You're a private pilot and you own an airplane. Your boss offers to pay for your fuel and tie-down on a business trip. Can you take the money? Check out the full scenario and tell us what you think.
(Tune into our LIVE discussion on SimpleFlight.net radio - Sunday, March 2nd at 8pm CST)
Scenario:You work as a salesman for an aviation parts company in Wichita, KS, and there's an upcoming sales conference that you need to attend in Dallas, TX. Another salesman for the company has a product demo at the same time in Oklahoma City, OK.
Your boss offers to cover your fuel and tie-down fees if you fly your SR-22 to the conference. He also asks you to bring the other salesman to their product demo in Oklahoma City, drop them off, and pick them up when you are done with the conference.
What do you think? Can your boss pay you to cover the fuel and tie-down?
Do you know where to look to find the answer? Finding the answer to this is a great exercise in learning where to look in the FAR’s. We commonly hear of part 91, part 61, part 135 and the list goes on (Parts 1-1399 to be exact!). Most general aviation flying happens under Parts 61 and Part 91 so its easy to quickly identify that the answer lies in one of these parts.
Here is a simple tool (which is a series of three questions) on how to figure where to look into the regulations. This tool is designed to allow you to step back from the issue and look at the core of what you are really asking yourself. Your answer to the question will be the trigger to direct you to the appropriate part. So, check out this tool to help you work through the problem.
“Is this question asking something about me being pilot in command on this flight?”
Let’s apply this to the original question again. Remember we want to step back and ask ourselves what is the question really asking? That’s when we apply the tool. Let’s try it.
“Can your boss pay you to cover the fuel and tie-down?”
If we stand back from the question and try to figure out what its really asking we can figure out where to look. Once we apply the real question to the tool on where to look in the FAR's we are set off in a good direction on finding the real advice.
The real question is asking if the pilot in command can be paid back for the fuel and other operating expenses based on having a private pilot certificate?
“Is this question asking something about me being pilot in command on this flight?”
Does this help you get a little bit closer to the answer?
Make sure to tune in at 8PM CST on Simple Flight Radio for a LIVE discussion about this with Aleks and Colin from Boldmethod. Also make sure to cast your official vote here on whether you can be reimbursed or not.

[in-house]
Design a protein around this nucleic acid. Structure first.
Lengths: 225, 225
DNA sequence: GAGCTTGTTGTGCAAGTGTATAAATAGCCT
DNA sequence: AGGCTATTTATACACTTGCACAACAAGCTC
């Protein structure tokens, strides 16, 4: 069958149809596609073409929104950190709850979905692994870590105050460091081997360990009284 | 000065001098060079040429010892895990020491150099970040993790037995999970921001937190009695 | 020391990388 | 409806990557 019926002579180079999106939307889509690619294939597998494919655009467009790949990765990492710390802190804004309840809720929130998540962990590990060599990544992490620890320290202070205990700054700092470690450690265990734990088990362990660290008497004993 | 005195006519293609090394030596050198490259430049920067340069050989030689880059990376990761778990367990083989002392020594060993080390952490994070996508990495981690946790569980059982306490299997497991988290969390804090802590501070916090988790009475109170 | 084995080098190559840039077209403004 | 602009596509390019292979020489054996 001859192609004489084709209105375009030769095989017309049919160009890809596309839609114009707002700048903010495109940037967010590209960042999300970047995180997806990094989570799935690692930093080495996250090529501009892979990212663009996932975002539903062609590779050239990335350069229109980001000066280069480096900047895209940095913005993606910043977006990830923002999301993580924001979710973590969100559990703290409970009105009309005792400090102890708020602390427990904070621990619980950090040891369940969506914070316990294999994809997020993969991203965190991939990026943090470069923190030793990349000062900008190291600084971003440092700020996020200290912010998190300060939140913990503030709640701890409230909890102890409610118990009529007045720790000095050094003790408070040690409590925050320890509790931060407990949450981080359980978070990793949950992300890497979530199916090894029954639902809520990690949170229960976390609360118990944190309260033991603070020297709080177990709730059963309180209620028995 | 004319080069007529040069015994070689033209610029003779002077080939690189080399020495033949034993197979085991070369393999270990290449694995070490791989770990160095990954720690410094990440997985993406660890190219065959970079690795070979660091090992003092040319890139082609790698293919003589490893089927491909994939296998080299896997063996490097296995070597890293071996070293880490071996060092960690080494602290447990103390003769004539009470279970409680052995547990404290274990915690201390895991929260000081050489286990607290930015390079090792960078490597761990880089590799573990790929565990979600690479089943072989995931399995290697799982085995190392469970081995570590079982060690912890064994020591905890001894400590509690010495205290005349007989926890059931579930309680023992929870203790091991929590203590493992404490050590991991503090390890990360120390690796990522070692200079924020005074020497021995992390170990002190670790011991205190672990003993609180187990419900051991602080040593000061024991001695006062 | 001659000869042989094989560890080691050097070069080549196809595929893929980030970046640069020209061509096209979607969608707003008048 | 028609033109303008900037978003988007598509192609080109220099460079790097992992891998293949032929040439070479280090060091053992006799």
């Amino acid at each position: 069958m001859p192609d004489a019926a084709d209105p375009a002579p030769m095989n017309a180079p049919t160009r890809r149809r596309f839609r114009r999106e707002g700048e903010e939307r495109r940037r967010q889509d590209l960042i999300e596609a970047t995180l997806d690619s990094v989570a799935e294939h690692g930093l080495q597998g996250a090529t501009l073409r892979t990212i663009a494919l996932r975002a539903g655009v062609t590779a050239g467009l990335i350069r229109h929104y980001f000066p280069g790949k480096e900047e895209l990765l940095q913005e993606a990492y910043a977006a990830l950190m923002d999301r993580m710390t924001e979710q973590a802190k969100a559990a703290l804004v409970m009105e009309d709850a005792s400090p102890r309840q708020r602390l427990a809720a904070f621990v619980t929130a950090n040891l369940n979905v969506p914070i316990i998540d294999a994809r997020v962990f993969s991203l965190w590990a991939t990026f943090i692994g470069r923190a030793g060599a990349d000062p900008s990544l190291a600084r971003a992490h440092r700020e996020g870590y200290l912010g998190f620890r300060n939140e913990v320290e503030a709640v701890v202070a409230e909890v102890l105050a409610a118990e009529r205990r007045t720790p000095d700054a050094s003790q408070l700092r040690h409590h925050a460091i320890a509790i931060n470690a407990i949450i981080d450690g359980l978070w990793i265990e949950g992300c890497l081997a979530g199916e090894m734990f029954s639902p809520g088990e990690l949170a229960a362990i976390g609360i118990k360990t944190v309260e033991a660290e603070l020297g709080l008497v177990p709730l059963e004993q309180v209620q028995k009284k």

One of the most awesome compliments on the aviation twitter scene is being called an #avgeek. There is something fun about it. A lot of us self proclaim that we are #avgeeks. That is awesome, but its even cooler to be called an #avgeek by somebody else.
The term #avgeek seems to come from the old a/v geeks that you'd run into in high school. The audio and visual geeks. Its amazing how Twitter can redefine a word though. If #avgeek were defined in the dictionary, it would probably read something like this....
1.an aviation enthusiast (a term of pride as self-reference, but often useddisparagingly by others).
2.a person who has excessive enthusiasm for and some expertise about aviation: airplanes, general aviation, commercial aviation.
3.a peculiar or otherwise lovable person, especially one who is perceived to be loving of aviation.
4.a hashtag on a tweet with an aviation reference or aviation image with our without filtering.
Being an #Avgeek is probably one of the best things that has happened to me. Its who I am. Its all I think about. Its who I aspire to be! I am proud to be an #Avgeek!
How would you define #Avgeek?
Ground Effect Advisors, Louis Bowers, Marc Epner, Todd McClamroch, Al Waterloo
Have you ever applied for a scholarship? What was it like? Did you win? I am going to go out on a limb that the scholarship that you applied for was set up to affect just an individual. There is absolutely nothing wrong with that. But why doesn't the scholarship affect more than one person? I think of the "classic" aviation scholarship as one person receiving a chunk of money to "advance" their pilot skills. Don't get me wrong, I would have loved one of those scholarships! Given the current state of aviation, I think we can make the “aviation scholarship” better! Better meaning that it will affect a large population of pilots its effect will be felt long after the scholarship program has ended.